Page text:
The beauty of the Internet is that anyone can write and publish a blog on any subject they want—pure breed Labradors, open source software development, life as an Alaskan soccer mom, eco-friendly construction—the sky really is the limit. The downside of the Internet is that anyone can write and publish a blog on any subject they want, meaning there is a lot of noise and clutter and competition out there. You could write the single most brilliant blog post ever but there is no guarantee that anyone will actually pay attention. It takes a lot of hard work, and a little bit of luck, for any one blog post to have a significant impact on your overall SEO program. Most successful content marketing campaigns are the result of consistent content creation and promotion over time—the more you write the better you get at it, the stronger your point of view becomes, the more in-tune you become with your audience and the more people you connect with day by day. But, even with all that being said, that doesn’t mean you can’t be the one to find the pot of gold at the end of the rainbow and write one blog post that has a huge impact on your site!
Below is some analytics data from a B2C client of mine who recently experienced a surge in organic traffic. From one month to the next organic traffic jumped 123! A little digging in Google Analytics revealed that this surge was the direct result of one blog post. Over the course of about 6 weeks this one blog post garnered 1,867 visits, amounting for 47% of their overall traffic. Considering this client is a very small business and has only really been “doing” SEO for about 6 months that kind of organic exposure is exceptional.
I did some more digging and found that for all the non-branded keywords visitors used to find this post, my client was ranking #1. While maybe not the most competitive keyword in the world, there is a far amount of content around the central idea of his blog post (including on some big name sites) so to be ranking so well organically is a really big win.
While I can’t say for sure why this one post is doing so well, I do have some theories:
1. His Google+ profile is properly linked to the blog.
Moz recently reported a high correlation between a URL’s number of Google +1s and rank. Cyrus Shepard, the author, pointed out that Google uses Google+ to discover new content. I definitely think that by sharing this post on Google+ as soon as it went live, plus having his personal Google+ profile linked to the blog through the rel=”author” tag, helped give this post an extra boost in the SERPs. A few other authors ranking in the SERPs for the same search query also have that rich snippet, but it’s not quite as heavily used in his industry as it may be among marketing professionals so I think that definitely had some positive influence on the impact of his blog post.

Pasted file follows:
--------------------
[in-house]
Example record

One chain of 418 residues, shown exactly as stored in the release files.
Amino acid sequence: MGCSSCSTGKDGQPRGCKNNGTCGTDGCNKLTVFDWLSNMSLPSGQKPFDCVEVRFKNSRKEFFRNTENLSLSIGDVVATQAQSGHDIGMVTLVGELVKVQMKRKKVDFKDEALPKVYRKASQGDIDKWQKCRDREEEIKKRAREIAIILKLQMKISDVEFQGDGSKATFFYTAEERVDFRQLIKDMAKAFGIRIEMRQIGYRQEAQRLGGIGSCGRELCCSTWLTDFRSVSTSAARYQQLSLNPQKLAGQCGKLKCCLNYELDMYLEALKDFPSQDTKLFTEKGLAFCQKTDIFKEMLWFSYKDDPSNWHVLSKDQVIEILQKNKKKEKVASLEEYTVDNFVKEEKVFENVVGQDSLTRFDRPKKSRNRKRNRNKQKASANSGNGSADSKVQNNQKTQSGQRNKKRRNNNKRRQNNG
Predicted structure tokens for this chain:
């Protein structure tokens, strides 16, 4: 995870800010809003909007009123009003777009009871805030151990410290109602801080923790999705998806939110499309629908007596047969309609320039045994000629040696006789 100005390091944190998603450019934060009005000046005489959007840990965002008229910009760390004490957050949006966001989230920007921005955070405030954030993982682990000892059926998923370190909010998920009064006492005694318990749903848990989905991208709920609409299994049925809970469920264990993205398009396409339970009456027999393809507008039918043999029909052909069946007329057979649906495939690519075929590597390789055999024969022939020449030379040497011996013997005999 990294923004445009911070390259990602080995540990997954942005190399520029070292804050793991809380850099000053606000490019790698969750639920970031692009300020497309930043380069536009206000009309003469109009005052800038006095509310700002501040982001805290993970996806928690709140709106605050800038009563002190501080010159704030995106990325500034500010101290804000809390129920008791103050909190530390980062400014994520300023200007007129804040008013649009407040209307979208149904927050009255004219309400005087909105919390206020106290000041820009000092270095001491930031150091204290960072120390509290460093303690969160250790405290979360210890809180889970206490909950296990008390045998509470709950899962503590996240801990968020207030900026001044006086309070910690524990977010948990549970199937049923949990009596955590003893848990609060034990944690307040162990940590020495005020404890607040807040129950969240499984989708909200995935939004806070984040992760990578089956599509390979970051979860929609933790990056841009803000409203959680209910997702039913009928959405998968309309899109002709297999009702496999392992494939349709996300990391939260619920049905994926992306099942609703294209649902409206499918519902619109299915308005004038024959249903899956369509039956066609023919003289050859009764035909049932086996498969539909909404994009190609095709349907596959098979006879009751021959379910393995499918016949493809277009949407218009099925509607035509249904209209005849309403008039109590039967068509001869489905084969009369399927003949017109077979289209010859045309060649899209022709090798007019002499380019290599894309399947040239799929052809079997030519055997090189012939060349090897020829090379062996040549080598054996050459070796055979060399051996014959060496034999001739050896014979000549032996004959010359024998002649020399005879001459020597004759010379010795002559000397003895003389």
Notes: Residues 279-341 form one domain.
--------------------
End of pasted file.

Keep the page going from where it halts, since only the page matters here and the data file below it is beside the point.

2. The post got a lot of other social love.
In addition to being shared on Google+, Facebook, Twitter, and the company LinkedIn page, this post also garnered additional social shares on other networks like Reddit, Pinterest, and StumbleUpon. All the social networks sent a fair share of traffic over to the site, which is another plus in the post’s favor. I think having all those extra social signals gave the blog post a needed boost in the SERPs. I’ve interviewed many SEO and online marketing experts recently and many have hypothesized that social signals are only growing in importance when it comes to doing well organically. Greg Finn remarked that
“The influence of social on rankings is definitely growing. At SMX Advanced this year Eric Enge of Stone Temple Consulting had an excellent presentation showing just how important the signal actually is. Using nothing but social shares (no traffic, links or GA on pages) he was able to rank content using all major social networks.”
3. This post in particular really resonated with his audience.
At the end of the day, if you want your content to do well it has to be something that people want to read about. I think this post just connected exceptionally well with my client’s target audience and, since it’s an evergreen content, it’s the kind of post that will continue to attract readers in the coming months. But in order to figure out what topics really resonate with your audience you have to write a lot of content and see what gets noticed and what falls flat! This one post’s success is actually partially dependent on the small successes and failures of his previous content. By learning what tone, language, and style works best over time it’s easier to pull all the right elements together in one post.
While I would never expect every single blog post you create to see this kind of traffic it’s not totally out of the realm of possibility. The thing to remember about content marketing is that it takes time and consistency to really see a positive impact. Every post you write creates another touch point with your target audience, can earn a link or two plus a handful of social signals (which add up over time), fine tunes your own writing skills, and gives you better insights into the mind of your audience. A lot of hard work and a little luck, right?